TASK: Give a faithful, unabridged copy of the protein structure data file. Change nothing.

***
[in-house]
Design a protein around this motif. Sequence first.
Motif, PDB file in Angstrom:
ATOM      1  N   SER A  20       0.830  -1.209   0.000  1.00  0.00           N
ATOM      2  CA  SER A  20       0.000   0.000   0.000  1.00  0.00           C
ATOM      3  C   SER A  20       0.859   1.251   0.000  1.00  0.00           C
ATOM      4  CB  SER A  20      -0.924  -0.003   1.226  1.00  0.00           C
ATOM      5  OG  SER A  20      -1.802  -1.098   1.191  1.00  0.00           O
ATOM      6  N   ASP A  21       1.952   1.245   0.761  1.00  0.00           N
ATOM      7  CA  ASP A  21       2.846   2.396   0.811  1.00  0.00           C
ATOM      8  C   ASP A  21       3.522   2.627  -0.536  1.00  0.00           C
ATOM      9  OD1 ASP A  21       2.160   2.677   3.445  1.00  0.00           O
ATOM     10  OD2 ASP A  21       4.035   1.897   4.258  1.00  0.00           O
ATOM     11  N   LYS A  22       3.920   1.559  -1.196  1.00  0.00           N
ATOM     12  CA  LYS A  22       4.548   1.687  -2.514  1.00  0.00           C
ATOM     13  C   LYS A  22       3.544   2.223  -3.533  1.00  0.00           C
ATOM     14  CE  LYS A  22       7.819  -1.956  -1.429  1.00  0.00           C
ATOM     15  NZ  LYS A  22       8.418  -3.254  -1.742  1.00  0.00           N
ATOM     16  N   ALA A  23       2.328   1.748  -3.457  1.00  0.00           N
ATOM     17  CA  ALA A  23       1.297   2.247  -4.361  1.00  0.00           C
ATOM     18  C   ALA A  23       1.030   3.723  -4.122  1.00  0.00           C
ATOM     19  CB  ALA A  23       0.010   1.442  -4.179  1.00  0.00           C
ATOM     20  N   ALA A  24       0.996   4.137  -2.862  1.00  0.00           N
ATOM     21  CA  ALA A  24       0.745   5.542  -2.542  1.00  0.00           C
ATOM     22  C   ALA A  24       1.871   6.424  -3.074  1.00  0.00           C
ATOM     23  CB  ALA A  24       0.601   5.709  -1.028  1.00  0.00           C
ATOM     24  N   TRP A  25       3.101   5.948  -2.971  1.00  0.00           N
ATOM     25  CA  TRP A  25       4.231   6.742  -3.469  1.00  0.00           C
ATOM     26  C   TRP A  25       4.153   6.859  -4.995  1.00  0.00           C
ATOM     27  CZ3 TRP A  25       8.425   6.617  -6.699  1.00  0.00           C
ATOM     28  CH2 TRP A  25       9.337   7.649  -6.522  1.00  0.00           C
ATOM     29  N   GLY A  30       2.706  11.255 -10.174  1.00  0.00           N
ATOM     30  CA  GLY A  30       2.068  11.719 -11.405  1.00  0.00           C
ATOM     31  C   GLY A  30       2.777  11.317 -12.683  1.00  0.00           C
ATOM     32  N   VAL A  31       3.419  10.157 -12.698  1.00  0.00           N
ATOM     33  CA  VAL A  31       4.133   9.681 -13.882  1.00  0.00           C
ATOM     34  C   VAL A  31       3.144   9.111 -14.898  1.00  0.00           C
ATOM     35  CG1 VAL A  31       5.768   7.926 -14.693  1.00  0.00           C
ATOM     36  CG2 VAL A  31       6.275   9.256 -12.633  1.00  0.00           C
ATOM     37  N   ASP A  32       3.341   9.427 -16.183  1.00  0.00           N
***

[in-house]
Design a protein around this motif. Sequence first.
Motif, PDB file in Angstrom:
ATOM      1  N   SER A  20       0.830  -1.209   0.000  1.00  0.00           N
ATOM      2  CA  SER A  20       0.000   0.000   0.000  1.00  0.00           C
ATOM      3  C   SER A  20       0.859   1.251   0.000  1.00  0.00           C
ATOM      4  CB  SER A  20      -0.924  -0.003   1.226  1.00  0.00           C
ATOM      5  OG  SER A  20      -1.802  -1.098   1.191  1.00  0.00           O
ATOM      6  N   ASP A  21       1.952   1.245   0.761  1.00  0.00           N
ATOM      7  CA  ASP A  21       2.846   2.396   0.811  1.00  0.00           C
ATOM      8  C   ASP A  21       3.522   2.627  -0.536  1.00  0.00           C
ATOM      9  OD1 ASP A  21       2.160   2.677   3.445  1.00  0.00           O
ATOM     10  OD2 ASP A  21       4.035   1.897   4.258  1.00  0.00           O
ATOM     11  N   LYS A  22       3.920   1.559  -1.196  1.00  0.00           N
ATOM     12  CA  LYS A  22       4.548   1.687  -2.514  1.00  0.00           C
ATOM     13  C   LYS A  22       3.544   2.223  -3.533  1.00  0.00           C
ATOM     14  CE  LYS A  22       7.819  -1.956  -1.429  1.00  0.00           C
ATOM     15  NZ  LYS A  22       8.418  -3.254  -1.742  1.00  0.00           N
ATOM     16  N   ALA A  23       2.328   1.748  -3.457  1.00  0.00           N
ATOM     17  CA  ALA A  23       1.297   2.247  -4.361  1.00  0.00           C
ATOM     18  C   ALA A  23       1.030   3.723  -4.122  1.00  0.00           C
ATOM     19  CB  ALA A  23       0.010   1.442  -4.179  1.00  0.00           C
ATOM     20  N   ALA A  24       0.996   4.137  -2.862  1.00  0.00           N
ATOM     21  CA  ALA A  24       0.745   5.542  -2.542  1.00  0.00           C
ATOM     22  C   ALA A  24       1.871   6.424  -3.074  1.00  0.00           C
ATOM     23  CB  ALA A  24       0.601   5.709  -1.028  1.00  0.00           C
ATOM     24  N   TRP A  25       3.101   5.948  -2.971  1.00  0.00           N
ATOM     25  CA  TRP A  25       4.231   6.742  -3.469  1.00  0.00           C
ATOM     26  C   TRP A  25       4.153   6.859  -4.995  1.00  0.00           C
ATOM     27  CZ3 TRP A  25       8.425   6.617  -6.699  1.00  0.00           C
ATOM     28  CH2 TRP A  25       9.337   7.649  -6.522  1.00  0.00           C
ATOM     29  N   GLY A  30       2.706  11.255 -10.174  1.00  0.00           N
ATOM     30  CA  GLY A  30       2.068  11.719 -11.405  1.00  0.00           C
ATOM     31  C   GLY A  30       2.777  11.317 -12.683  1.00  0.00           C
ATOM     32  N   VAL A  31       3.419  10.157 -12.698  1.00  0.00           N
ATOM     33  CA  VAL A  31       4.133   9.681 -13.882  1.00  0.00           C
ATOM     34  C   VAL A  31       3.144   9.111 -14.898  1.00  0.00           C
ATOM     35  CG1 VAL A  31       5.768   7.926 -14.693  1.00  0.00           C
ATOM     36  CG2 VAL A  31       6.275   9.256 -12.633  1.00  0.00           C
ATOM     37  N   ASP A  32       3.341   9.427 -16.183  1.00  0.00           N